Racial/Ethnic Differences in Social Support

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Despite a substantially greater risk factor profile, Hispanics in the United States (US) consistently demonstrate better health outcomes compared to their non-Hispanic White counterparts, an epidemiologic phenomenon termed the Hispanic Mortality Paradox. Emerging hypotheses suggest cultural values regarding relational interconnectedness and social support may help to explain these surprising health outcomes. The present study sought to inform these hypotheses via two aims: the first was to examine racial/ethnic differences in perceived social support, and the second was to examine the relationship between acculturation and perceived social support among Hispanic college students. Non-Hispanic White, non-Hispanic Black, and Hispanic college students (N ... continued below

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vi, 46 pages

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Goans, Christian R. R. May 2015.

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This thesis is part of the collection entitled: UNT Theses and Dissertations and was provided by UNT Libraries to Digital Library, a digital repository hosted by the UNT Libraries. It has been viewed 13 times . More information about this thesis can be viewed below.

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  • Goans, Christian R. R.

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Despite a substantially greater risk factor profile, Hispanics in the United States (US) consistently demonstrate better health outcomes compared to their non-Hispanic White counterparts, an epidemiologic phenomenon termed the Hispanic Mortality Paradox. Emerging hypotheses suggest cultural values regarding relational interconnectedness and social support may help to explain these surprising health outcomes. The present study sought to inform these hypotheses via two aims: the first was to examine racial/ethnic differences in perceived social support, and the second was to examine the relationship between acculturation and perceived social support among Hispanic college students. Non-Hispanic White, non-Hispanic Black, and Hispanic college students (N = 330) completed an online survey for course credit. Contrary to expectations, no racial/ethnic differences in perceived social support were observed, nor was an association between acculturation and perceived social support evident among the sampled Hispanic students. The limited sample size, homogeneity in social support levels across groups, and the restricted range of age and acculturation may have obscured relationships that may exist outside the college environment. Future work should consider a more heterogeneous sampling strategy to better assess these associations.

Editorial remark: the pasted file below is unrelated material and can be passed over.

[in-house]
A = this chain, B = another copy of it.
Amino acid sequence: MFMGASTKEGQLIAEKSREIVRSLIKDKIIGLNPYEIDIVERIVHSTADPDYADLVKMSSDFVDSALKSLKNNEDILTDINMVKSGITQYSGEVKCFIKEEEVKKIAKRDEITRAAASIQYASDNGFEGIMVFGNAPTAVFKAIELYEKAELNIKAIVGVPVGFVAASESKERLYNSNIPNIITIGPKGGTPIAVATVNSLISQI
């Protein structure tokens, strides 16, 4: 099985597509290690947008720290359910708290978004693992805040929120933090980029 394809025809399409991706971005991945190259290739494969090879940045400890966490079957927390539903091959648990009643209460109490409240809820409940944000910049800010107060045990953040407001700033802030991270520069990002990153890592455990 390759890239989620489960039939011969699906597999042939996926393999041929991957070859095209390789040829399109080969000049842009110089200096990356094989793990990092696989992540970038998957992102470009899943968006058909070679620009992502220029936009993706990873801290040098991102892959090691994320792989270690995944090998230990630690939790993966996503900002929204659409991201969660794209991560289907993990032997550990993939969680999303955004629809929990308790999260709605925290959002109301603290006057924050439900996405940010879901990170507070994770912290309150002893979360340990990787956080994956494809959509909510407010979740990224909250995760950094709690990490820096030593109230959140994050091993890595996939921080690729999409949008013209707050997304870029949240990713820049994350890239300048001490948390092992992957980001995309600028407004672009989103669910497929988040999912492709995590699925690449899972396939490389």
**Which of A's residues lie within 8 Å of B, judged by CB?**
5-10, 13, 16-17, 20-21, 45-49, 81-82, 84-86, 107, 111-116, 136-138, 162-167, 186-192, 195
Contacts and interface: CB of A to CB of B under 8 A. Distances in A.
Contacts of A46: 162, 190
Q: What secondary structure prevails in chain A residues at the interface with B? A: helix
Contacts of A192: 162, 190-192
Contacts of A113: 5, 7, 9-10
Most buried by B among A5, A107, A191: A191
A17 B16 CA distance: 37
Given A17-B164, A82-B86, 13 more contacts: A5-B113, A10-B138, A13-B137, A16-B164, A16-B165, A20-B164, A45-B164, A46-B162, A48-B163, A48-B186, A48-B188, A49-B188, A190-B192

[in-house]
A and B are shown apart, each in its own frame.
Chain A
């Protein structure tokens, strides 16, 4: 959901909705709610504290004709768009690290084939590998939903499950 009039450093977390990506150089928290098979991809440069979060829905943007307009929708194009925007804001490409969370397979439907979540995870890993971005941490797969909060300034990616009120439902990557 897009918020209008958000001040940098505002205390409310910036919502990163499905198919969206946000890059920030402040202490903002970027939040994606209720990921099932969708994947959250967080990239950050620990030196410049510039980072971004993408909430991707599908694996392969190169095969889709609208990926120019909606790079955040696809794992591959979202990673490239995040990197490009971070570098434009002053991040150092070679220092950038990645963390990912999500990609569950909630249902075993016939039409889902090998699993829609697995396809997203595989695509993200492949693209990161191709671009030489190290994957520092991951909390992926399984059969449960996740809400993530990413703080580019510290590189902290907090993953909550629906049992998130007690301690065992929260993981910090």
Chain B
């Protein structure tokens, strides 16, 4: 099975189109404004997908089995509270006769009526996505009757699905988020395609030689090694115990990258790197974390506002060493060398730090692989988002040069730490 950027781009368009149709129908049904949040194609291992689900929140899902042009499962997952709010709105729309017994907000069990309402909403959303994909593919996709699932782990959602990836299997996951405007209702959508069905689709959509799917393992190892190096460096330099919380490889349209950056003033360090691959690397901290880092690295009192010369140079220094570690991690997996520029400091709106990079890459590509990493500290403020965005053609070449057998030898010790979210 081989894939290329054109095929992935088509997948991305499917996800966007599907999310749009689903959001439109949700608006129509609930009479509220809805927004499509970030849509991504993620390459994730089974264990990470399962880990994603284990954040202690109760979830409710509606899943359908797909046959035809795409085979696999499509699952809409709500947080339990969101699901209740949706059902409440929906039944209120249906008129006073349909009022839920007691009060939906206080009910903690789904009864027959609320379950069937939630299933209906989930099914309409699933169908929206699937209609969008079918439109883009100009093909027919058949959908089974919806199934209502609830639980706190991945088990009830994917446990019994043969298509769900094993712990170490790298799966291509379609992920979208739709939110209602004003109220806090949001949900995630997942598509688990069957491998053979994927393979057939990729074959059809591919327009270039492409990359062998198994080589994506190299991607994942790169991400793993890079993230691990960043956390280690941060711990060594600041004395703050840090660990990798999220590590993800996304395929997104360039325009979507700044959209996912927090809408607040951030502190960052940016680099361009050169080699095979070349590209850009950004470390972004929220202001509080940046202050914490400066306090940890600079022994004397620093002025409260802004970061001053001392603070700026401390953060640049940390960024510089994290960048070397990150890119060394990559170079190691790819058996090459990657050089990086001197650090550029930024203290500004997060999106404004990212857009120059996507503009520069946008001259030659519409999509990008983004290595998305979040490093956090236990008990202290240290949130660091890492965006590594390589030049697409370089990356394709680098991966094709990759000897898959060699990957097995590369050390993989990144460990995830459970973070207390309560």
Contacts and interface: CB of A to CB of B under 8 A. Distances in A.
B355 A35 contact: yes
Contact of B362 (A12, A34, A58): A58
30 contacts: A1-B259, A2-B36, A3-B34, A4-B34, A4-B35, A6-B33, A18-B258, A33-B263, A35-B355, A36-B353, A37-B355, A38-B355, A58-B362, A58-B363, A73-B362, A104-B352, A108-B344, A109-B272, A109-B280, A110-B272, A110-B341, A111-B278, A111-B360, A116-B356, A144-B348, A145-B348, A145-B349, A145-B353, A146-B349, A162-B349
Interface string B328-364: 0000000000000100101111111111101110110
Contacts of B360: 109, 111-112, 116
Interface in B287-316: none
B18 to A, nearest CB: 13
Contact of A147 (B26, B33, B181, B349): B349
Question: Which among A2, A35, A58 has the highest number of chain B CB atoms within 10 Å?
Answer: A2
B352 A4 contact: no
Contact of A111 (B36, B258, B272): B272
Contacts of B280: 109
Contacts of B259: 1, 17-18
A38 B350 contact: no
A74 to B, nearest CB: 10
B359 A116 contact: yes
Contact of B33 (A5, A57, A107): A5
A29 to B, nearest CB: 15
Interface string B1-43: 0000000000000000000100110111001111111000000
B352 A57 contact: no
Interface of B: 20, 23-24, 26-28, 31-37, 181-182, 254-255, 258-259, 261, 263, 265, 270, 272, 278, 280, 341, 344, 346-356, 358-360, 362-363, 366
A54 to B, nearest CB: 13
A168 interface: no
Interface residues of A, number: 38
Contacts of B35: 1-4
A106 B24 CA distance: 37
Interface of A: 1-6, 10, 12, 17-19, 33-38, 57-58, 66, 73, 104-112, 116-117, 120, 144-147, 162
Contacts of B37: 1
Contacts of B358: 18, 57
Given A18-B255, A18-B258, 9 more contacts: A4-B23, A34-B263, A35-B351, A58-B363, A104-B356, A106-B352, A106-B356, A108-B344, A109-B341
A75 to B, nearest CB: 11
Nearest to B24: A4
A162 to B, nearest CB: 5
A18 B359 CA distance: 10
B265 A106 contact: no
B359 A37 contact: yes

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vi, 46 pages

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  • May 2015

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  • Feb. 2, 2016, 1:35 p.m.

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  • March 9, 2017, 9:14 a.m.

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Goans, Christian R. R. Racial/Ethnic Differences in Social Support, thesis, May 2015; Denton, Texas. (digital.library.unt.edu/ark:/67531/metadc799548/: accessed January 17, 2019), University of North Texas Libraries, Digital Library, digital.library.unt.edu; .